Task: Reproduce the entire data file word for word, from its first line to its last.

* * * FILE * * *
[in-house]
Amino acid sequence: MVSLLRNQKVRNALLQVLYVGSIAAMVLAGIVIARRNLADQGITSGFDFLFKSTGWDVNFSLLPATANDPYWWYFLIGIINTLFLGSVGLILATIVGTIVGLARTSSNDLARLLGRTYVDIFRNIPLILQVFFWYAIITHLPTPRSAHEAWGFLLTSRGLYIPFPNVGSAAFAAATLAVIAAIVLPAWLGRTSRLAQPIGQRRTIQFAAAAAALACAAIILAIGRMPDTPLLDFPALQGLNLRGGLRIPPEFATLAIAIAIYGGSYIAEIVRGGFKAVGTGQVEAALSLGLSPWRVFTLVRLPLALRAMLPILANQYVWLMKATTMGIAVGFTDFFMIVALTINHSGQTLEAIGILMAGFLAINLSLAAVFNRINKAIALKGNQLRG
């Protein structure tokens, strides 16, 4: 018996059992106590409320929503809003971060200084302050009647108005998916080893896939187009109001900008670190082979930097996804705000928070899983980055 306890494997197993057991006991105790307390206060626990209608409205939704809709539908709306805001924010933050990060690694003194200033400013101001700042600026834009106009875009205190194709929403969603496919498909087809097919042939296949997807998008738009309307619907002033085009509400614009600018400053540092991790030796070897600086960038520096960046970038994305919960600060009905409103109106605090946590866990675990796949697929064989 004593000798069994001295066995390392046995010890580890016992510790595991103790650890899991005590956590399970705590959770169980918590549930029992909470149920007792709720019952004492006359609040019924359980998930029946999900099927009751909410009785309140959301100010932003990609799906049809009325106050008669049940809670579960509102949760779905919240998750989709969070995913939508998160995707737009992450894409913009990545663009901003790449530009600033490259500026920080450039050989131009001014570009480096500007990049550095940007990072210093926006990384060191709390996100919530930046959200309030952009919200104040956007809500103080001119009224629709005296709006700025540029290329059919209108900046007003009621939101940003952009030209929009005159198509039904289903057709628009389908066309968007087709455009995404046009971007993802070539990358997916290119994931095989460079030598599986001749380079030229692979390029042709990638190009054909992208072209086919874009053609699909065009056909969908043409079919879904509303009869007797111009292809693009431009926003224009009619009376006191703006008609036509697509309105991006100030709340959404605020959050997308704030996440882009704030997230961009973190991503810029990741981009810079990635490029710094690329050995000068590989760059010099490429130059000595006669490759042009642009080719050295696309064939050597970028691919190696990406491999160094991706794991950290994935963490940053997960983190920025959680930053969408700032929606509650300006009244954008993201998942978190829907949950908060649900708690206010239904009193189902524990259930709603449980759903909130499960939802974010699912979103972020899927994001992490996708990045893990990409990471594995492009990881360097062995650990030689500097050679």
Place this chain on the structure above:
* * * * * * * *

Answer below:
[in-house]
Amino acid sequence: MVSLLRNQKVRNALLQVLYVGSIAAMVLAGIVIARRNLADQGITSGFDFLFKSTGWDVNFSLLPATANDPYWWYFLIGIINTLFLGSVGLILATIVGTIVGLARTSSNDLARLLGRTYVDIFRNIPLILQVFFWYAIITHLPTPRSAHEAWGFLLTSRGLYIPFPNVGSAAFAAATLAVIAAIVLPAWLGRTSRLAQPIGQRRTIQFAAAAAALACAAIILAIGRMPDTPLLDFPALQGLNLRGGLRIPPEFATLAIAIAIYGGSYIAEIVRGGFKAVGTGQVEAALSLGLSPWRVFTLVRLPLALRAMLPILANQYVWLMKATTMGIAVGFTDFFMIVALTINHSGQTLEAIGILMAGFLAINLSLAAVFNRINKAIALKGNQLRG
């Protein structure tokens, strides 16, 4: 018996059992106590409320929503809003971060200084302050009647108005998916080893896939187009109001900008670190082979930097996804705000928070899983980055 306890494997197993057991006991105790307390206060626990209608409205939704809709539908709306805001924010933050990060690694003194200033400013101001700042600026834009106009875009205190194709929403969603496919498909087809097919042939296949997807998008738009309307619907002033085009509400614009600018400053540092991790030796070897600086960038520096960046970038994305919960600060009905409103109106605090946590866990675990796949697929064989 004593000798069994001295066995390392046995010890580890016992510790595991103790650890899991005590956590399970705590959770169980918590549930029992909470149920007792709720019952004492006359609040019924359980998930029946999900099927009751909410009785309140959301100010932003990609799906049809009325106050008669049940809670579960509102949760779905919240998750989709969070995913939508998160995707737009992450894409913009990545663009901003790449530009600033490259500026920080450039050989131009001014570009480096500007990049550095940007990072210093926006990384060191709390996100919530930046959200309030952009919200104040956007809500103080001119009224629709005296709006700025540029290329059919209108900046007003009621939101940003952009030209929009005159198509039904289903057709628009389908066309968007087709455009995404046009971007993802070539990358997916290119994931095989460079030598599986001749380079030229692979390029042709990638190009054909992208072209086919874009053609699909065009056909969908043409079919879904509303009869007797111009292809693009431009926003224009009619009376006191703006008609036509697509309105991006100030709340959404605020959050997308704030996440882009704030997230961009973190991503810029990741981009810079990635490029710094690329050995000068590989760059010099490429130059000595006669490759042009642009080719050295696309064939050597970028691919190696990406491999160094991706794991950290994935963490940053997960983190920025959680930053969408700032929606509650300006009244954008993201998942978190829907949950908060649900708690206010239904009193189902524990259930709603449980759903909130499960939802974010699912979103972020899927994001992490996708990045893990990409990471594995492009990881360097062995650990030689500097050679």
Place this chain on the structure above: